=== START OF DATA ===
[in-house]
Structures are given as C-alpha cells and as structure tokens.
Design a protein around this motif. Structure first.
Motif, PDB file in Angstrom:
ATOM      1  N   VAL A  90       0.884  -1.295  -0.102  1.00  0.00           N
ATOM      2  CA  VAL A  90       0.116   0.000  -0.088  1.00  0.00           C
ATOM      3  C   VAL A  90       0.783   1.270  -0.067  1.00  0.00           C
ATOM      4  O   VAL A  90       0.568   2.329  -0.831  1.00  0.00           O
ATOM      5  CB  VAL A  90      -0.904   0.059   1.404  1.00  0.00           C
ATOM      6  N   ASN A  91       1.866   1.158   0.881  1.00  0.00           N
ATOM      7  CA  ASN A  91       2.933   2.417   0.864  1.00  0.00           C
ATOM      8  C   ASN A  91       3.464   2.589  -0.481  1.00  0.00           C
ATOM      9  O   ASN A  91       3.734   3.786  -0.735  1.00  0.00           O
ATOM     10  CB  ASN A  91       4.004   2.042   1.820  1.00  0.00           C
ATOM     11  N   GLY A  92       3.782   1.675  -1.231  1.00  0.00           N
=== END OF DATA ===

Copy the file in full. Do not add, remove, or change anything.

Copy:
[in-house]
Structures are given as C-alpha cells and as structure tokens.
Design a protein around this motif. Structure first.
Motif, PDB file in Angstrom:
ATOM      1  N   VAL A  90       0.884  -1.295  -0.102  1.00  0.00           N
ATOM      2  CA  VAL A  90       0.116   0.000  -0.088  1.00  0.00           C
ATOM      3  C   VAL A  90       0.783   1.270  -0.067  1.00  0.00           C
ATOM      4  O   VAL A  90       0.568   2.329  -0.831  1.00  0.00           O
ATOM      5  CB  VAL A  90      -0.904   0.059   1.404  1.00  0.00           C
ATOM      6  N   ASN A  91       1.866   1.158   0.881  1.00  0.00           N
ATOM      7  CA  ASN A  91       2.933   2.417   0.864  1.00  0.00           C
ATOM      8  C   ASN A  91       3.464   2.589  -0.481  1.00  0.00           C
ATOM      9  O   ASN A  91       3.734   3.786  -0.735  1.00  0.00           O
ATOM     10  CB  ASN A  91       4.004   2.042   1.820  1.00  0.00           C
ATOM     11  N   GLY A  92       3.782   1.675  -1.231  1.00  0.00           N